The efficacy of continuous-flow cryo and cyclic compression therapy after hip fracture surgery on postoperative pain: design of a prospective, open-label, parallel, multicenter, randomized controlled, clinical trial: Design of a prospective, open-label, parallel, multicenter, randomized controlled, clinical trial

Nick C. Leegwater, Peter A. Nolte, Niels de Korte, Martin J. Heetveld, Kees J. Kalisvaart, Casper P. Schonhuth, Bas Pijnenburg, Bart J. Burger, Kees-Jan Ponsen, Frank W. Bloemers, Andrea B. Maier, Barend J. van Royen, Casper P. Schönhuth

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Abstract

Background: The number of hip fractures and resulting post-surgical outcome are a major public health concern and the incidence is expected to increase significantly. The acute recovery phase after hip fracture surgery in elder patients is often complicated by severe pain, high morphine consumption, perioperative blood loss with subsequent transfusion and delirium. Postoperative continuous-flow cryocompression therapy is suggested to minimize these complications and to attenuate the inflammatory reaction that the traumatic fracture and subsequent surgical trauma encompass. Based on a pilot study in patients undergoing total hip arthroplasty for osteoarthritis, it is anticipated that patients treated with continuous-flow cryocompression therapy will have less pain, less morphine consumption and lower decrease of postoperative hemoglobin levels. These factors are associated with a shorter hospital stay and better long-term (functional) outcome. Methods/design: One hundred and sixty patients with an intra or extracapsular hip fracture scheduled for internal fixation (intramedullary hip nail, dynamic hip screw or cannulated screws) or prosthesis surgery (total hip or hemiarthroplasty) will be included in this prospective, open-label, parallel, multicenter, randomized controlled, clinical superiority trial. Patients will be allocated to two treatment arms: group 'A' will be treated with continuous-flow cryocompression therapy and compared to group 'B' that will receive standard care. Routine use of drains and/or compressive bandages is allowed in both groups. The primary objective of this study is to compare acute pain the first 72 h postoperative, measured with numeric rating scale for pain. Secondary objectives are: (non-) morphine analgesic use; adjusted postoperative hemoglobin level; transfusion incidence; incidence, duration and severity of delirium and use of psychotropic medication; length of stay; location and duration of rehabilitation; functional outcome; short-term patient-reported health outcome; general and cryotherapy related complications and feasibility. Discussion: This is the first randomized controlled trial that will assess the analgesic efficiacy of continuous-flow cryocompression therapy in the acute recovery phase after hip fracture surgery. Trial registration: www.trialregister.nl, NTR4152 (23rd of August 2013).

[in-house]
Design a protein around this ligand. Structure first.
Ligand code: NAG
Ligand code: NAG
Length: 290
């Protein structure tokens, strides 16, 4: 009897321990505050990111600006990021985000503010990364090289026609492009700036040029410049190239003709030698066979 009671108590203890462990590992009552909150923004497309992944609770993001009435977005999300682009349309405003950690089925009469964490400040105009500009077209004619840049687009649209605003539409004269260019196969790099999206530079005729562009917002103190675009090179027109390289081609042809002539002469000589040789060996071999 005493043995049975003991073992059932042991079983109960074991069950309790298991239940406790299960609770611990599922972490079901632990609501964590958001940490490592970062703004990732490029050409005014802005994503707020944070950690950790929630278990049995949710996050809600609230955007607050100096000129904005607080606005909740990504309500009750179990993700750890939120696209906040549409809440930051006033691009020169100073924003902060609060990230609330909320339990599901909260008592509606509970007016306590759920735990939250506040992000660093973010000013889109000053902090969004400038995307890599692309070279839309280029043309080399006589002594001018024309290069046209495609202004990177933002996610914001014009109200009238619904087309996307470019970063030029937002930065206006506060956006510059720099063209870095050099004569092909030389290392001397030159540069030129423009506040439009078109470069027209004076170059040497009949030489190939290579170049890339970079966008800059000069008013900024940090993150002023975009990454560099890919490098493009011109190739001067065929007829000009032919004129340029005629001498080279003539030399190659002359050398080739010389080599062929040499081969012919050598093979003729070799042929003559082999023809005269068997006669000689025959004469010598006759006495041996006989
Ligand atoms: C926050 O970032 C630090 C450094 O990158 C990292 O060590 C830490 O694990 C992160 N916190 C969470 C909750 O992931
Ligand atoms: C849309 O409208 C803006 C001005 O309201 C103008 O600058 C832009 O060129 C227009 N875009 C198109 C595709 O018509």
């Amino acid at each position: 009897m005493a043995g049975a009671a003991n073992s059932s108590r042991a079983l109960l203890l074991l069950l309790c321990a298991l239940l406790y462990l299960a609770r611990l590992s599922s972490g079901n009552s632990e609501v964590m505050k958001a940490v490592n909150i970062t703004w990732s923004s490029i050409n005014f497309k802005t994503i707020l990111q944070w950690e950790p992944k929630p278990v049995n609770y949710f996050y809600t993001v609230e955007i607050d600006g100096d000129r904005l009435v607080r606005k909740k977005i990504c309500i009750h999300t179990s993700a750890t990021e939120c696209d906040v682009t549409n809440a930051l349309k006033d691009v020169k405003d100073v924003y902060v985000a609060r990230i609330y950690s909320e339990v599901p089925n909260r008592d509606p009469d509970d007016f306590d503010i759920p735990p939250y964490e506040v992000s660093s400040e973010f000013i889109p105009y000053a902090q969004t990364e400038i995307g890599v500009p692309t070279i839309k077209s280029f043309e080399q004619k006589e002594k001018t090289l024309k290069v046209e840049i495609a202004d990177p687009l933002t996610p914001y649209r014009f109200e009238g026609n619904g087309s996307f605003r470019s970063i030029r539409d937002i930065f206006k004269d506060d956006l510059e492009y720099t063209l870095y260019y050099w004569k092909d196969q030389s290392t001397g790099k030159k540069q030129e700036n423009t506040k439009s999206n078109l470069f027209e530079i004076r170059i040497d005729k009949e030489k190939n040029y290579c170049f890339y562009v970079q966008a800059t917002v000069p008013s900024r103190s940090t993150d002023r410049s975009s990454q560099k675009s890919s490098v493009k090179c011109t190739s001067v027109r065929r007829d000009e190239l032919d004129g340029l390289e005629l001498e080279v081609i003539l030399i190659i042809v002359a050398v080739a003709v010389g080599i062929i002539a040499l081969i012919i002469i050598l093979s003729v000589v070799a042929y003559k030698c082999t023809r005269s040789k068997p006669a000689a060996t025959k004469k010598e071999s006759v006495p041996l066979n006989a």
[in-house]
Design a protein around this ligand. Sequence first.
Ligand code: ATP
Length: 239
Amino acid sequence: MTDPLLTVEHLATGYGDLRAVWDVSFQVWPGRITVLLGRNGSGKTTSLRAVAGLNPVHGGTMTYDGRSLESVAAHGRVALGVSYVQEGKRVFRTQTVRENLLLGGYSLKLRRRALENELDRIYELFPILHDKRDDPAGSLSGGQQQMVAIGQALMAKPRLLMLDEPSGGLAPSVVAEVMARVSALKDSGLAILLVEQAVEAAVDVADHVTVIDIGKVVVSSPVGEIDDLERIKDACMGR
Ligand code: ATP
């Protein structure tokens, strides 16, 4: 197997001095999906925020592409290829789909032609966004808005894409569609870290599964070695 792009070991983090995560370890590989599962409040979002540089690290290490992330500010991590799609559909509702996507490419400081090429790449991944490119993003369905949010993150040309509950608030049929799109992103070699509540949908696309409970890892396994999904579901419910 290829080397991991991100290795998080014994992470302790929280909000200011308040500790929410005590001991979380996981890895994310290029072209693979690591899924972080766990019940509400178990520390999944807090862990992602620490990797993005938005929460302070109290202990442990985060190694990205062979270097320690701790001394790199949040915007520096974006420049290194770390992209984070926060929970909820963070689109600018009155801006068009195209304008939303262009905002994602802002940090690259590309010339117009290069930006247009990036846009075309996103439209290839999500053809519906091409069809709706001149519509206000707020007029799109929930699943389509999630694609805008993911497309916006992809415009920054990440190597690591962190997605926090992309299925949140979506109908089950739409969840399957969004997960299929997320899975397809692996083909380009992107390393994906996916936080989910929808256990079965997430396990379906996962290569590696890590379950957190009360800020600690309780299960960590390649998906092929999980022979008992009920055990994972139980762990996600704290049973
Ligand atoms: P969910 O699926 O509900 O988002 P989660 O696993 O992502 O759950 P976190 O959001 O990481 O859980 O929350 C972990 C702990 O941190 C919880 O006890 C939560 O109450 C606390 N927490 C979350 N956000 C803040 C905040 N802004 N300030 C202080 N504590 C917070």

Original languageEnglish
Article number153
Pages (from-to)1-14
Number of pages14
JournalBMC musculoskeletal disorders
Volume17
DOIs
Publication statusPublished - 8 Apr 2016

Keywords

  • Analgesia
  • Complications
  • Cryotherapy
  • Delirium
  • Functional outcome
  • Hemoglobin
  • Hip fracture
  • Induced hypothermia
  • Intermittent pneumatic compression device
  • Length of stay
  • Morphine
  • Opioid analgesics
  • Pain
  • Patient-reported outcome

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